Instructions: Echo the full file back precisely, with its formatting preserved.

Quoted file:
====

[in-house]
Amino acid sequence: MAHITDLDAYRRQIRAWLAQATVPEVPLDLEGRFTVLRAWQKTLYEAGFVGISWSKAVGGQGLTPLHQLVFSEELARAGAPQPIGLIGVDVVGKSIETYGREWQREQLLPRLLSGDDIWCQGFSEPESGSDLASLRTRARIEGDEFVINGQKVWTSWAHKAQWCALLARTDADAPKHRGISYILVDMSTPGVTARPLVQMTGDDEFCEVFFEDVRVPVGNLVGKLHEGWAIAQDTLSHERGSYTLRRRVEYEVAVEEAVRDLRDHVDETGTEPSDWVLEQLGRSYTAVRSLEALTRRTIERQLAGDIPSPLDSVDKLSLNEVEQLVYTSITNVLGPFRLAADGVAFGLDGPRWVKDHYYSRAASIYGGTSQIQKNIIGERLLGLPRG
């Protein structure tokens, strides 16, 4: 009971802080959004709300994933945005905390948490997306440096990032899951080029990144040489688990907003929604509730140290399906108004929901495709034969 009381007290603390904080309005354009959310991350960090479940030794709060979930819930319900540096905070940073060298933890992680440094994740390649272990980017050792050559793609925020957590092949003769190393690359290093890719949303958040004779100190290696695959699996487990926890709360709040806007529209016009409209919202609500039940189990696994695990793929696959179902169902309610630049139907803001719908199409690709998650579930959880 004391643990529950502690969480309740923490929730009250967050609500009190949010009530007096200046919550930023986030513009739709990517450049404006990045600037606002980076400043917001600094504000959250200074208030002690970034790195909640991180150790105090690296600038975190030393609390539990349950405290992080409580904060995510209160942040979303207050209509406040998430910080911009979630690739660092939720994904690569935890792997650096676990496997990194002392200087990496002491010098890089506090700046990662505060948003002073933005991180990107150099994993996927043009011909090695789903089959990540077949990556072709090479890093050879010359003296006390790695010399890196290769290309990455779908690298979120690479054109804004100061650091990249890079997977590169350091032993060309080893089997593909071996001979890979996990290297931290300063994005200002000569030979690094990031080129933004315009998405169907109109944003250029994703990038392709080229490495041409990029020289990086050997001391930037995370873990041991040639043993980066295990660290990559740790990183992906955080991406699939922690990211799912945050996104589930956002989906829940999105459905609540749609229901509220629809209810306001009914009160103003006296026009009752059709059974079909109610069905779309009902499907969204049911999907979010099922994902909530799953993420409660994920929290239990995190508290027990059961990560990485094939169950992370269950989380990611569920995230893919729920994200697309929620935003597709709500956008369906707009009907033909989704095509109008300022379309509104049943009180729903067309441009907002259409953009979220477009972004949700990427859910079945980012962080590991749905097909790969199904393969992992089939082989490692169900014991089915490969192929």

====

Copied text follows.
[in-house]
Amino acid sequence: MAHITDLDAYRRQIRAWLAQATVPEVPLDLEGRFTVLRAWQKTLYEAGFVGISWSKAVGGQGLTPLHQLVFSEELARAGAPQPIGLIGVDVVGKSIETYGREWQREQLLPRLLSGDDIWCQGFSEPESGSDLASLRTRARIEGDEFVINGQKVWTSWAHKAQWCALLARTDADAPKHRGISYILVDMSTPGVTARPLVQMTGDDEFCEVFFEDVRVPVGNLVGKLHEGWAIAQDTLSHERGSYTLRRRVEYEVAVEEAVRDLRDHVDETGTEPSDWVLEQLGRSYTAVRSLEALTRRTIERQLAGDIPSPLDSVDKLSLNEVEQLVYTSITNVLGPFRLAADGVAFGLDGPRWVKDHYYSRAASIYGGTSQIQKNIIGERLLGLPRG
């Protein structure tokens, strides 16, 4: 009971802080959004709300994933945005905390948490997306440096990032899951080029990144040489688990907003929604509730140290399906108004929901495709034969 009381007290603390904080309005354009959310991350960090479940030794709060979930819930319900540096905070940073060298933890992680440094994740390649272990980017050792050559793609925020957590092949003769190393690359290093890719949303958040004779100190290696695959699996487990926890709360709040806007529209016009409209919202609500039940189990696994695990793929696959179902169902309610630049139907803001719908199409690709998650579930959880 004391643990529950502690969480309740923490929730009250967050609500009190949010009530007096200046919550930023986030513009739709990517450049404006990045600037606002980076400043917001600094504000959250200074208030002690970034790195909640991180150790105090690296600038975190030393609390539990349950405290992080409580904060995510209160942040979303207050209509406040998430910080911009979630690739660092939720994904690569935890792997650096676990496997990194002392200087990496002491010098890089506090700046990662505060948003002073933005991180990107150099994993996927043009011909090695789903089959990540077949990556072709090479890093050879010359003296006390790695010399890196290769290309990455779908690298979120690479054109804004100061650091990249890079997977590169350091032993060309080893089997593909071996001979890979996990290297931290300063994005200002000569030979690094990031080129933004315009998405169907109109944003250029994703990038392709080229490495041409990029020289990086050997001391930037995370873990041991040639043993980066295990660290990559740790990183992906955080991406699939922690990211799912945050996104589930956002989906829940999105459905609540749609229901509220629809209810306001009914009160103003006296026009009752059709059974079909109610069905779309009902499907969204049911999907979010099922994902909530799953993420409660994920929290239990995190508290027990059961990560990485094939169950992370269950989380990611569920995230893919729920994200697309929620935003597709709500956008369906707009009907033909989704095509109008300022379309509104049943009180729903067309441009907002259409953009979220477009972004949700990427859910079945980012962080590991749905097909790969199904393969992992089939082989490692169900014991089915490969192929």